The deafening silence on future funding amounts to a failure of the political process at a time when the NHS is heading rapidly towards a deep and damaging crisis.
Parallels between the successful transformation of the Veterans Health Administration in the United States and the changes needed in the NHS in England have been made for a number of years. But recent troubles at the VA offer some important lessons for the NHS in the future.
The growing problems in the NHS and social care cannot be solved by the Better Care Fund or any of the other short-term solutions on offer. Nothing less than a fundamental reform of the funding of health and social care services and citizens’ entitlements to publicly funded support is required to address these problems.
I agreed with much of what Simon Stevens said at the Age UK For Later Life conference until he stated that he would be ‘disappointed’ if care homes still existed within the next 50 years. I didn’t get the chance to challenge him but I want to do it now.
The third in a series of guest blogs that we are publishing in the run-up to the launch of the final report from the Commission on the Future of Health and Social Care in England. Each focuses on one of the possible options for funding future health and social care. Here, Andrew Harrop of the Fabian Society argues that retired households should contribute more towards the costs of health and care.
The second in a series of guest blogs that we are publishing in the run-up to the launch of the final report from the Commission on the Future of Health and Social Care in England. Each focuses on one of the possible options for funding future health and social care. Here, Andrew Haldenby and Cathy Corrie of Reform discuss why new NHS charges are necessary and why no political party wants to talk about them.
Nice one NICE: developing the policy narrative on preventing disability, frailty and dementia in later life
Integration cannot just be about treating frail older people, we need to think beyond health and social care, and NICE is leading the way with their new guidelines – out for consultation – on preventing disability, frailty and dementia in later life.
‘We need clinical commissioning groups to become accountable care organisations’ – that’s what Jeremy Hunt said recently in parliament. But what does this really mean and will it work in practice? Rachael Addicott gives her analysis.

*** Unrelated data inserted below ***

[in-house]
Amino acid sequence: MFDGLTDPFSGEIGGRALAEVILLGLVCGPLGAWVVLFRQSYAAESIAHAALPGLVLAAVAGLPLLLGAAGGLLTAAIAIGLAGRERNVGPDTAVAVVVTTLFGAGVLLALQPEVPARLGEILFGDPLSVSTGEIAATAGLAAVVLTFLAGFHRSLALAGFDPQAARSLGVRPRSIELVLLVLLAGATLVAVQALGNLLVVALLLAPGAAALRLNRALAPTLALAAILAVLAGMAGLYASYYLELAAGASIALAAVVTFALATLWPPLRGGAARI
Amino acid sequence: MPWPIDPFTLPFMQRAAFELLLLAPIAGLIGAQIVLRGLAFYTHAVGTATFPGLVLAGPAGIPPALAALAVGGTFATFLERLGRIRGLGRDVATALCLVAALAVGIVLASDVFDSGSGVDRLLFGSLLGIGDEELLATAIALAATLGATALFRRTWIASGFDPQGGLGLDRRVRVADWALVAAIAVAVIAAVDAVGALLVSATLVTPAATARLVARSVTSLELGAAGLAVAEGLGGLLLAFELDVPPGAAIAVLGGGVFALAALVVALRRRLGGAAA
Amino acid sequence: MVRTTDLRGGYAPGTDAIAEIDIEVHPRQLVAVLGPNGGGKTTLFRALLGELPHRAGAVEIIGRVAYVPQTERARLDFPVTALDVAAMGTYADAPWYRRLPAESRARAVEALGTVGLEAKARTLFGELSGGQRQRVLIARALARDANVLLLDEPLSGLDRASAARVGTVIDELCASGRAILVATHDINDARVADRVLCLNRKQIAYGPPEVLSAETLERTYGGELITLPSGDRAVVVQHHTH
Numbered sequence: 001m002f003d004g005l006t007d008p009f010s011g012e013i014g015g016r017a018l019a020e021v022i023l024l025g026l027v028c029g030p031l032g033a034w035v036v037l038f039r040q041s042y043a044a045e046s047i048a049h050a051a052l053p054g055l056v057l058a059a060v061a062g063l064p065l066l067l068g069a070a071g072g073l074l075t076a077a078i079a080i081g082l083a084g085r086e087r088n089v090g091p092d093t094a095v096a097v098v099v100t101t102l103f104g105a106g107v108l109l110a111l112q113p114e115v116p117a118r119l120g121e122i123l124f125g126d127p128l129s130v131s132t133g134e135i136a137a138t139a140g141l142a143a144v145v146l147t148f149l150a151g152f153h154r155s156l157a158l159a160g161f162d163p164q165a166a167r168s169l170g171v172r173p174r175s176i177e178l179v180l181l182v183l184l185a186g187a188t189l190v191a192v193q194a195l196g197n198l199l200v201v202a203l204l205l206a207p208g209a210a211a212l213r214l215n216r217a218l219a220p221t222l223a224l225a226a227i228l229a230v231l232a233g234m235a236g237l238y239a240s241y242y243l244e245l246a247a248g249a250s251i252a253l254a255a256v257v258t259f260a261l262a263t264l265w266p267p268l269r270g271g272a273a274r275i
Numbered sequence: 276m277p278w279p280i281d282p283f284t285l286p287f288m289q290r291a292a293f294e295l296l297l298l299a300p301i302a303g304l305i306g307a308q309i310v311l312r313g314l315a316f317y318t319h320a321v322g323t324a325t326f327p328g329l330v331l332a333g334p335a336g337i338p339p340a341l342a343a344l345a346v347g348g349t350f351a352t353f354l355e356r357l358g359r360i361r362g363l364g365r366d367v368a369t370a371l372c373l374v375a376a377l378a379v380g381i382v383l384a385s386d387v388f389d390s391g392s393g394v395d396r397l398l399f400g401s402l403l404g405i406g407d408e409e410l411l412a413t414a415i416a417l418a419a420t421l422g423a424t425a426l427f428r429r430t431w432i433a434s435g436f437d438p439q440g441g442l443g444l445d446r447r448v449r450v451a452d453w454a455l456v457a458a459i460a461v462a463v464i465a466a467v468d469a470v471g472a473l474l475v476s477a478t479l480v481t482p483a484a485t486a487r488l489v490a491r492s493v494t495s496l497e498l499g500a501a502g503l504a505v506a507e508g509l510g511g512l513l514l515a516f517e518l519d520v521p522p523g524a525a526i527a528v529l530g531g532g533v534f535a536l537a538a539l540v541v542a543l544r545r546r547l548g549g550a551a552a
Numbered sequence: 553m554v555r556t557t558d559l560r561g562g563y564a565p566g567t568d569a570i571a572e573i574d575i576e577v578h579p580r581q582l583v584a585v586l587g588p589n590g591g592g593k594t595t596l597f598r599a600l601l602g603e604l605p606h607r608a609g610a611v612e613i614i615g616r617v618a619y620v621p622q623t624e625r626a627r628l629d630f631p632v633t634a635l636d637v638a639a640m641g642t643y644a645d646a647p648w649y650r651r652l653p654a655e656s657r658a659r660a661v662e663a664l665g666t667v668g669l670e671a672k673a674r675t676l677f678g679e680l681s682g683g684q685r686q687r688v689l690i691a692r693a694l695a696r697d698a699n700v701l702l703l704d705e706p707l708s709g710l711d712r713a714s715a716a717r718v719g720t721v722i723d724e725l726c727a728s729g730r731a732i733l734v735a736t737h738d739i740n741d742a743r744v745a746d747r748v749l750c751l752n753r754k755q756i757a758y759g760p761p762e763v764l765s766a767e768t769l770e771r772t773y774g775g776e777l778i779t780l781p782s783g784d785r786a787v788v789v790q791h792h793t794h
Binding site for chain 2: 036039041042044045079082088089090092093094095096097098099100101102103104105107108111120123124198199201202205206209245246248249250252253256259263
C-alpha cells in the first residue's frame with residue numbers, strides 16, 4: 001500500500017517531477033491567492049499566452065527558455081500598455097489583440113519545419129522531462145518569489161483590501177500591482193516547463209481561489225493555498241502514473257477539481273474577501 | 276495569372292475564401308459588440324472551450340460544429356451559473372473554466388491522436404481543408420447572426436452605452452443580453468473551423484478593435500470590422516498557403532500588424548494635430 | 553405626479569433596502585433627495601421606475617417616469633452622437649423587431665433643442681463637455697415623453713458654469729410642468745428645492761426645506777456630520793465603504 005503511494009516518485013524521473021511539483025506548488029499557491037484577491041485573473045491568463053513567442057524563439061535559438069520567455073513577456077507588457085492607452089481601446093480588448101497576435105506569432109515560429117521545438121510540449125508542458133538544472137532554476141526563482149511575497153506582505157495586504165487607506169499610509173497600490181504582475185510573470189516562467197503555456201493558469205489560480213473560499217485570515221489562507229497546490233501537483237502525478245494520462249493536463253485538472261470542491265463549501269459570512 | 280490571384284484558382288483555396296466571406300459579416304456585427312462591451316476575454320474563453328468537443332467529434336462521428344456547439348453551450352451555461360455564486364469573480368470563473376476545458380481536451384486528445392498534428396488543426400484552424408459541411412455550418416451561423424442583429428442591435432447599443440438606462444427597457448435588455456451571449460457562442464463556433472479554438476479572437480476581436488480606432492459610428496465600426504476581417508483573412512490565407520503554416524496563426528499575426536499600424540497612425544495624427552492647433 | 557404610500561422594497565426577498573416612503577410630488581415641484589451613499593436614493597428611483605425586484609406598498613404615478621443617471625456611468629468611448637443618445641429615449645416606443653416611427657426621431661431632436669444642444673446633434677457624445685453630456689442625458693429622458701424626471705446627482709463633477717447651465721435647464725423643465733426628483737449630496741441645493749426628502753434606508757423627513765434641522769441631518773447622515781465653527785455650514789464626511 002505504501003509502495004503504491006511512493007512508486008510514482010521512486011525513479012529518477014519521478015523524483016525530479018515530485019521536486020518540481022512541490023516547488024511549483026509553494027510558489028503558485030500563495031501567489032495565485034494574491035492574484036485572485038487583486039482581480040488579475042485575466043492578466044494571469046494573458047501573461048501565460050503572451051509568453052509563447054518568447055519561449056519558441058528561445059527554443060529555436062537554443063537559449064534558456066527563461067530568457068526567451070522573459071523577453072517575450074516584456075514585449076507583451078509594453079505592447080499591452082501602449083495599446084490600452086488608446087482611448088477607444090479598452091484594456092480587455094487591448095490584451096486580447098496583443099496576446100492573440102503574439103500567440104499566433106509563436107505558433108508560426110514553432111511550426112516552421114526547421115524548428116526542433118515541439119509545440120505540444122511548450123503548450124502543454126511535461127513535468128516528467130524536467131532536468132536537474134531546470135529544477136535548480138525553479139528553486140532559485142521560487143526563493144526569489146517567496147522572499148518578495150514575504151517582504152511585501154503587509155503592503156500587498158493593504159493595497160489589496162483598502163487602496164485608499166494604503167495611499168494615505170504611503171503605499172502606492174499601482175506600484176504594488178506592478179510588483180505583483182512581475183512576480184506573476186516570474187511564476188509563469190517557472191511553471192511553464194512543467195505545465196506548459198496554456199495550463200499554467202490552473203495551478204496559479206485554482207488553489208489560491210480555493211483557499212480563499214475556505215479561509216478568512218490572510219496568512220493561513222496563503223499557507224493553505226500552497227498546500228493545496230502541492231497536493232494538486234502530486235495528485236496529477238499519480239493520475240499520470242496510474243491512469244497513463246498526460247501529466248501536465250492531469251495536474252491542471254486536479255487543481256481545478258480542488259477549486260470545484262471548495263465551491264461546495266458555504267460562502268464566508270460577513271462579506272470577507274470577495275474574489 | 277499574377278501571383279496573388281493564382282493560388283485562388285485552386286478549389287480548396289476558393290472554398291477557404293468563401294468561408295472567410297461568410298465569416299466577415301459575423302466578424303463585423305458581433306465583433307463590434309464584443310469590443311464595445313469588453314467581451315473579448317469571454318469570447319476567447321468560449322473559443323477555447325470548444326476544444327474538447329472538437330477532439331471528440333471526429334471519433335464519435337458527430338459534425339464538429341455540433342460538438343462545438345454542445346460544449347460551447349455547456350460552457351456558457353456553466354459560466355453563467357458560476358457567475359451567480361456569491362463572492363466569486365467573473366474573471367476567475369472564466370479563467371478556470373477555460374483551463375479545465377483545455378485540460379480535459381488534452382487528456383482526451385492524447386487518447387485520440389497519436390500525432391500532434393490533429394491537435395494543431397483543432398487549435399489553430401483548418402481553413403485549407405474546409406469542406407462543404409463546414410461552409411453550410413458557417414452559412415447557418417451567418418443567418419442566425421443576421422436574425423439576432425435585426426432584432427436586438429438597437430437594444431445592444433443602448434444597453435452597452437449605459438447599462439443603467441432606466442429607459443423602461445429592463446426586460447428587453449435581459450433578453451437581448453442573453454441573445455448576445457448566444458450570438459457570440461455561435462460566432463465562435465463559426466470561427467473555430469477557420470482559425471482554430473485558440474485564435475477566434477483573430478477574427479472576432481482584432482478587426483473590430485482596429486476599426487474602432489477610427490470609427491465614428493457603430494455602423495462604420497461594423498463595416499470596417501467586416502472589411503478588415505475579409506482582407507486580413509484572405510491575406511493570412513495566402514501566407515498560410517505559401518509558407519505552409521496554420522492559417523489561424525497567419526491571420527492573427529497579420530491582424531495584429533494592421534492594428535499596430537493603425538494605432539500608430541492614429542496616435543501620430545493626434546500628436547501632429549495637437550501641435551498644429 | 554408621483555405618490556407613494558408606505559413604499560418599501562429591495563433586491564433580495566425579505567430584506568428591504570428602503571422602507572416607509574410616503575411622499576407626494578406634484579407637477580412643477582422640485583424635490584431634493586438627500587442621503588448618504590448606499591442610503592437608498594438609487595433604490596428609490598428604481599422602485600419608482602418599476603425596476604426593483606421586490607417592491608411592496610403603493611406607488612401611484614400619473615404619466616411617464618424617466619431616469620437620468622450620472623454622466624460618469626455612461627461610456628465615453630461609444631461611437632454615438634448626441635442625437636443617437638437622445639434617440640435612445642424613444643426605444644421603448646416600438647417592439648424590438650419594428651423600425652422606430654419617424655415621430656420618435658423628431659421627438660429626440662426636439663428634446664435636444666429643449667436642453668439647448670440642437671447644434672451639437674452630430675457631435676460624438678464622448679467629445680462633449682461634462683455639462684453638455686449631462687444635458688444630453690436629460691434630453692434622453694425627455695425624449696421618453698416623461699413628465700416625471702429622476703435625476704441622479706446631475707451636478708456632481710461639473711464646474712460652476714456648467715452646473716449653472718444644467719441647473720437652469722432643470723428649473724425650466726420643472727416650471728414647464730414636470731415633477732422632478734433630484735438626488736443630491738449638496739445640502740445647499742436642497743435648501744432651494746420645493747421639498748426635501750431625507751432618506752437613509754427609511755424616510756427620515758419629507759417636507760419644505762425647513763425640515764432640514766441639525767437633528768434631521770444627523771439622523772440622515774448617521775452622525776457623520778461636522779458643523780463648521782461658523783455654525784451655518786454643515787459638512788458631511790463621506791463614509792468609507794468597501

The first in a series of guest blogs in the run-up to the launch of the final report from the Commission on the Future of Health and Social Care in England. Each focuses on one of the possible options for funding future health and social care. Here, Nick Pearce of IPPR discusses how a dedicated NHS tax might work.
We need to be very careful in understanding the links between choice of metrics, impact of policies and population dynamics over time when coming to conclusions about the success or failure of ambitions to narrow inequalities in health, says David Buck.
Leaders across health and care agree that much more needs to be done to address the low representation of women in senior medical leadership roles.
Over the past few years we have seen several high-profile failures of care in NHS acute hospitals in England, leading many in the system to question the ability of performance management and regulatory mechanisms to identify and act on poor performance.
If in 2013/14 the NHS struggled to maintain performance even with a recruitment round, the chances it can continue to do so with fewer, rather than more, staff look non-existent, says Richard Murray.
In his new blog, Chris Ham discusses the recommendations of his review of staff engagement in the NHS. The review found compelling evidence that NHS organisations with high levels of staff engagement – where staff are strongly committed to their work and involved in decision-making – deliver better quality care.
There has been a call for the most expensive assets in health care – the doctors – to step up and engage in management and leadership. We use the right words when writing about medical engagement but how do we move from rhetoric to reality and more importantly why should doctors embrace this responsibility?
Relationships and people, not skills and authority derived from powers of office, are what’s important, says Mandip Kaur as she reflects on the responses we received during our Twitter debates on some of the challenges facing emerging clinical leaders.
Although earlier rumours of the demise of the Better Care Fund – the government’s £3.8 billion pooled fund to promote integrated care – have turned out to be greatly exaggerated, the significance of the government’s latest announcement about the fund should not be.
If the third sector is to reach its potential in supporting a new health and social care system, then we should look to its leaders and think hard about their support needs.
New organisational models for the NHS could bring benefits but it's the quality of leadership alongside a culture of excellence in performance and accountability for results that will be key, says Candace Imison.
In The Commonwealth Fund's comparative study of health system performance in 11 countries, the UK ranks first across a range of measures covering quality, access and efficiency of care. But can rankings only tell us so much?